Several Saudi Arabian women rights activists stood trial on Wednesday for the first time since a group of them were detained a year ago in a case that has intensified scrutiny of Riyadh's human rights record after the murder of a prominent journalist.
But his reputation was tarnished after Saudi agents killed Jamal Khashoggi, a royal insider-turned-critic, last October at the kingdom's Istanbul consulate.
Loujain Al Hathloul, Aziza Al Yousef, Eman Al Nafjan and Hatoon Al Fassi are among around 10 women appearing before the criminal court in the capital, Riyadh, where charges will be presented against them, court president Ibrahim Al Sayari said.
Family members of the women - some of whom allegedly faced torture and sexual harassment during interrogation - were permitted to attend the opening court session, but reporters and western diplomats were barred from entering.
The government has not publicly shared the charges against the activists.
"This trial is yet another stain on the Saudi authorities' appalling human rights record, and shows how empty the government's claims of reform really are", said Samah Hadid, Amnesty International's Middle East Campaigns Director.
"The authorities are now treating defending women's rights as a crime, which is a unsafe escalation in the country and their crackdown on human rights activism", Hadid told AFP.
She was arrested then and released more than two months later, but was arrested again last May, just weeks before the ban on women driving was lifted, and has remained in jail since. Some were subsequently released.
The women are accused of "coordinated activity to undermine the security, stability and social peace of the kingdom", the state prosecutor said. State-backed media have previously branded them as traitors and "agents of embassies".
"Authorities should immediately halt these unfair proceedings and release any activist charged exclusively based on their peaceful activism", he told AFP.
"We fear she will be charged and tried on terrorism-related charges for peaceful human rights work", Amnesty International tweeted.
Alhathloul's brother, Walid, tweeted late on Tuesday that her case had been moved from the Specialized Criminal Court, which hears terrorism cases, to the criminal court in Riyadh. Local sources told Alqst that the Riyadh Criminal Court has opened three different proceedings; women face up to five years in prison and have so far been unable to benefit from the defense of a lawyer. No reason was given. Their arrests were part of a rolling crackdown, led by Crown Prince Mohammed bin Salman, that analysts said was aimed at sidelining his competitors, consolidating power and portraying the crown prince, at home and overseas, as the sole architect of reform and progress in the kingdom.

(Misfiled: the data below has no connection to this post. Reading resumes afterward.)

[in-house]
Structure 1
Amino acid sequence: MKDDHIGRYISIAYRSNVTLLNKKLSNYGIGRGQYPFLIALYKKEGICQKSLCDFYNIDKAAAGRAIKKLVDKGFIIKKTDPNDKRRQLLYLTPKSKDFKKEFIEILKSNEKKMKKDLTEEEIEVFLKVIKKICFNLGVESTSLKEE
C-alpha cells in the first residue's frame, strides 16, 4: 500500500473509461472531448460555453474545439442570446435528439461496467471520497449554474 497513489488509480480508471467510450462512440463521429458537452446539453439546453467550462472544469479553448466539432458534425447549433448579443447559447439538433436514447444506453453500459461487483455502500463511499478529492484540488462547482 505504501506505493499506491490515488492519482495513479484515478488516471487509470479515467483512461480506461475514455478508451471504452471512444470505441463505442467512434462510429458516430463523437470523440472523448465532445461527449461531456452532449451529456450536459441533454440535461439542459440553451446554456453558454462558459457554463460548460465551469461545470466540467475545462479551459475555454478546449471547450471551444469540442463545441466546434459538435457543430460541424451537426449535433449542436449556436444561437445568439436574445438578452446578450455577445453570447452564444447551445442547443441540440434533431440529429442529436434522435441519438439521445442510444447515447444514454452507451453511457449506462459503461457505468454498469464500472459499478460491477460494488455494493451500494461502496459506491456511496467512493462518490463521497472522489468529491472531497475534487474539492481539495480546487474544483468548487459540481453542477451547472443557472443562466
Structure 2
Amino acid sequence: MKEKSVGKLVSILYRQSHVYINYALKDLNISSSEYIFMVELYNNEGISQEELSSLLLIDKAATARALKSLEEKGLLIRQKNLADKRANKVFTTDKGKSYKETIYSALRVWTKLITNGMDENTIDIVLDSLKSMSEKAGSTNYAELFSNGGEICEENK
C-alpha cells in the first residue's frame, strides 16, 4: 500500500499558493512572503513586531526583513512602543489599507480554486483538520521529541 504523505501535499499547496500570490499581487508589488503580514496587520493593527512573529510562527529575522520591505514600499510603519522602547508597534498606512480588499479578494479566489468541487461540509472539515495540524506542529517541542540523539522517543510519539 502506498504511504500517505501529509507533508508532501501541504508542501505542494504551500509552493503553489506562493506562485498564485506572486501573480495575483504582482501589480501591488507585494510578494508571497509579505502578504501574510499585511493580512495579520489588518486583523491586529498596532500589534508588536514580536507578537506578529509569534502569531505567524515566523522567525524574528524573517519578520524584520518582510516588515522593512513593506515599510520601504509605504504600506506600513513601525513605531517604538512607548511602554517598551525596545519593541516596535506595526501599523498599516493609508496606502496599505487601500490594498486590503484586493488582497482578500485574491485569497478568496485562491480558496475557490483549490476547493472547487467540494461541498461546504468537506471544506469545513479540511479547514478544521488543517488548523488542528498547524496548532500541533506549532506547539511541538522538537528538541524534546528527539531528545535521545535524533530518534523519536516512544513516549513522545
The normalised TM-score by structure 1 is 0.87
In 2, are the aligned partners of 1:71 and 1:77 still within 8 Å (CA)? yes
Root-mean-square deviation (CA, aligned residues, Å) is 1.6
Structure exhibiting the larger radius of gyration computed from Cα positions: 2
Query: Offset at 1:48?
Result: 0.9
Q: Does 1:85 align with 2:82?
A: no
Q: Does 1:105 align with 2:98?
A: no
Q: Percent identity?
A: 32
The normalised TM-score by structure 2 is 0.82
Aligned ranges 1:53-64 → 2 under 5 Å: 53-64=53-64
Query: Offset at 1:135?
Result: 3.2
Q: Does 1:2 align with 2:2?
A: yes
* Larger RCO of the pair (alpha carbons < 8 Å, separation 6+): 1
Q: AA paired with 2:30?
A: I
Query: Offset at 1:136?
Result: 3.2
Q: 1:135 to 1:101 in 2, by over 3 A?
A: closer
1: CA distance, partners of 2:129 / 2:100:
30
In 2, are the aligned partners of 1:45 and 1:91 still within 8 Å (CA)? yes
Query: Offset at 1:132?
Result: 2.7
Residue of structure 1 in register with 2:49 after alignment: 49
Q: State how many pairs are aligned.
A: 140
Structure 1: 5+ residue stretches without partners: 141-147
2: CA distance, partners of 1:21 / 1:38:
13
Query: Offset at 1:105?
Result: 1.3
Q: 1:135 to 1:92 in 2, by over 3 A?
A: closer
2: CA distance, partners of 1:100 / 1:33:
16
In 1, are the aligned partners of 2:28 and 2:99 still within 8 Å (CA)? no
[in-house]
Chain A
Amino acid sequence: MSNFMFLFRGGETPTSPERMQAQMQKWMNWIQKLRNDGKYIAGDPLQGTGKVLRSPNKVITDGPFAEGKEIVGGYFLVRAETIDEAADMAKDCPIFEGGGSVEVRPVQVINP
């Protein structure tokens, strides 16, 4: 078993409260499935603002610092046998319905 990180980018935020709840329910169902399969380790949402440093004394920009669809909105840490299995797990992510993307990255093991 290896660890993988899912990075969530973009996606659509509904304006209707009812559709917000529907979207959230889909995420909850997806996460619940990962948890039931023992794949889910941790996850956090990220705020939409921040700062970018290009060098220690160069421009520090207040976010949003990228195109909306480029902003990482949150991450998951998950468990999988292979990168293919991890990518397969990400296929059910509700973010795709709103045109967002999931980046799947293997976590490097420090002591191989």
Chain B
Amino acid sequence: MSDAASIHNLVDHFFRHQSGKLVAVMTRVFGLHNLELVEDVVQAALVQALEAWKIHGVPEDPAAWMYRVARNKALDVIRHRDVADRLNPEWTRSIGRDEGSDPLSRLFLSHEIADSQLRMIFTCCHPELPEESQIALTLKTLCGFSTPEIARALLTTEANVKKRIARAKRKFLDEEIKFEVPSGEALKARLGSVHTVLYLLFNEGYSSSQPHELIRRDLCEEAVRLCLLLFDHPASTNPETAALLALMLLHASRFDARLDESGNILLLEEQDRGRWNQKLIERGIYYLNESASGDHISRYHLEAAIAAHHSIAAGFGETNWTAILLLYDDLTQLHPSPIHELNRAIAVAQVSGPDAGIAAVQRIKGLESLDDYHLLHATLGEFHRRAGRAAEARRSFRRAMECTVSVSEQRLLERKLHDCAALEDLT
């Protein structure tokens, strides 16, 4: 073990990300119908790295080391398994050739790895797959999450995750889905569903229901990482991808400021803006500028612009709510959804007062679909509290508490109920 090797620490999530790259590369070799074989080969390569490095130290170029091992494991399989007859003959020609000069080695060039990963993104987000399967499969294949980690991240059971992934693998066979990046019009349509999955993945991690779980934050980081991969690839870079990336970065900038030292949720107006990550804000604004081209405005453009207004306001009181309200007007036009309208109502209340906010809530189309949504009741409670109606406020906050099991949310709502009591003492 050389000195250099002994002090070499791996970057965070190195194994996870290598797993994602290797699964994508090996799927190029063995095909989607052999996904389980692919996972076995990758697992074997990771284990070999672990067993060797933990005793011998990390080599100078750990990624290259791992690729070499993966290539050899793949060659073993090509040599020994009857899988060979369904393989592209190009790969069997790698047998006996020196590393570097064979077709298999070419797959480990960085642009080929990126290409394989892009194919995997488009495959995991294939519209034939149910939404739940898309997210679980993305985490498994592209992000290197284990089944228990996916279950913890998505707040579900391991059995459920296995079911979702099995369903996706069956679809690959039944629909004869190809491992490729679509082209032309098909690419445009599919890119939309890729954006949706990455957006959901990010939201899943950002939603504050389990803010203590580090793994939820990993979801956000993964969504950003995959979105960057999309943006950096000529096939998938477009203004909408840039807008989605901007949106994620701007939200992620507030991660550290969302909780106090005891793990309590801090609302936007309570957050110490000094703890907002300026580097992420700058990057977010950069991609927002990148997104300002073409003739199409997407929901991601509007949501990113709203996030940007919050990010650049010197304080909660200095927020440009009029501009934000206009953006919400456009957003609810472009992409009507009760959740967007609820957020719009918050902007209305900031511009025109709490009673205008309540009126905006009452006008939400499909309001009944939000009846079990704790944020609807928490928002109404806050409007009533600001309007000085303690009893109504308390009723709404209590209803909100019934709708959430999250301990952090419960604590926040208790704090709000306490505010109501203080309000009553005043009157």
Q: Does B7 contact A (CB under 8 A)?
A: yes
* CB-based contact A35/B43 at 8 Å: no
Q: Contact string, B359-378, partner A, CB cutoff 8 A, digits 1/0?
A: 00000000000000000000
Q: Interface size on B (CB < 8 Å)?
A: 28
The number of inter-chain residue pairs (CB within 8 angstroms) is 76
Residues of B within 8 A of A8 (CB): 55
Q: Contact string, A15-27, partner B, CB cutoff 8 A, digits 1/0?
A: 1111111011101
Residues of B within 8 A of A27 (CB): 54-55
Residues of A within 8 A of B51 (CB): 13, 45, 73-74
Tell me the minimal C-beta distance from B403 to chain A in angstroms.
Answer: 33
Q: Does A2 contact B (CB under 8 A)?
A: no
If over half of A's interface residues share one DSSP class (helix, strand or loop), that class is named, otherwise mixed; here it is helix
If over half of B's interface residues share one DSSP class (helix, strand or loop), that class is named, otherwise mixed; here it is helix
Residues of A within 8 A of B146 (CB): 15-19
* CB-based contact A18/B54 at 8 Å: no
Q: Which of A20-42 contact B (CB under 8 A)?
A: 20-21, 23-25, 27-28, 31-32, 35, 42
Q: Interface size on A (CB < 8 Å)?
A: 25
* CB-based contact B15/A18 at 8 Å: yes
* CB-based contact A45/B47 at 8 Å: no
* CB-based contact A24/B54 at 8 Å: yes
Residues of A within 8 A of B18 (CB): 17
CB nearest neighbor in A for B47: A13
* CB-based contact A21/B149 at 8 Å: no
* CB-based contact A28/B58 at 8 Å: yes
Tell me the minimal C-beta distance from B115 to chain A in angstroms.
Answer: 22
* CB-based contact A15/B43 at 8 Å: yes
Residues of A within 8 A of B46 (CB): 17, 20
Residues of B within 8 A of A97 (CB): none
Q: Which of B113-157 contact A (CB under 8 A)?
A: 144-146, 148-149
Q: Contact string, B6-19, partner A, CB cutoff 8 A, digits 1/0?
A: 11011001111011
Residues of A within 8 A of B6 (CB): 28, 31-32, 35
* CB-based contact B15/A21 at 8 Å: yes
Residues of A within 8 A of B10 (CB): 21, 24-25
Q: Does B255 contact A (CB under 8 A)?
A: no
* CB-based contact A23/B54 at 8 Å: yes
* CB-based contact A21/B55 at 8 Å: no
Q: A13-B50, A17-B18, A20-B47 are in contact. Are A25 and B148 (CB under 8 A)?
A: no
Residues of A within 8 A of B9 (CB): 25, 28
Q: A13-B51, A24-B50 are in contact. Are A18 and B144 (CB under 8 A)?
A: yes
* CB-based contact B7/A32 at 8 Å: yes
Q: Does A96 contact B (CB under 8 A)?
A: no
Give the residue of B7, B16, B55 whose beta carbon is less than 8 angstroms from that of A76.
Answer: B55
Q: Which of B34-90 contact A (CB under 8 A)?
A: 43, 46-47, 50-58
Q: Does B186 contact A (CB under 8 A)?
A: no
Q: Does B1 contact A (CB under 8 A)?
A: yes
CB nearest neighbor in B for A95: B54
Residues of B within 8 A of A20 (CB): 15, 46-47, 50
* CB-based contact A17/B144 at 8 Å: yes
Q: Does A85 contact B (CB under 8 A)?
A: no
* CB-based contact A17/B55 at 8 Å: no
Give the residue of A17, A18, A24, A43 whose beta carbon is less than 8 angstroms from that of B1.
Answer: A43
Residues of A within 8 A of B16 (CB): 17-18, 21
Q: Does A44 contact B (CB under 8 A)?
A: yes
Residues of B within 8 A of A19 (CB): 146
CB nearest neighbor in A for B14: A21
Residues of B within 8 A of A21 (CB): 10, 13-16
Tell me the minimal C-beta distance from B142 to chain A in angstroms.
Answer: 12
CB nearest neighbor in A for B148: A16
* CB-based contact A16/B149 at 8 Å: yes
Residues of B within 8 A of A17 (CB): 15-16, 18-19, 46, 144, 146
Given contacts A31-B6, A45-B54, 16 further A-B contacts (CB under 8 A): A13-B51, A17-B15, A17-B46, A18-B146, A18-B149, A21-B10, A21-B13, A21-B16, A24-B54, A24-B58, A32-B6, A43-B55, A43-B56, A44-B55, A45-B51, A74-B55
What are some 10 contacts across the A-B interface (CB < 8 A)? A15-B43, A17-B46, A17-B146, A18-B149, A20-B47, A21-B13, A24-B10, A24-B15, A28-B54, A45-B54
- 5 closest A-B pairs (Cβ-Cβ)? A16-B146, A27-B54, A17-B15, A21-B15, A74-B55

The arrests of senior officials and business people past year, the crackdown on activists and critical voices, the war in Yemen with its civilian victims, children included, and the assassination of dissident journalist Jamal Khashoggi cast a dark shadow on Saudi Arabia.
Prince Mohammed's much-trumpeted drive to modernize the conservative kingdom has been dented by the detentions, part of a wider crackdown by Saudi authorities on activists, clerics and critics in recent years seen as stamping out political dissent.
In this photo from November 30, 2018, Saudi Arabia's Crown Prince Mohammed bin Salman adjusts his robe as leaders gather for the group at the G20 Leader's Summit at the Costa Salguero Center in Buenos Aires, Argentina.
On 8 March last 36 nations at the UN Human Rights Council criticized Riyadh for human rights violations, with a particular reference to incarcerated women.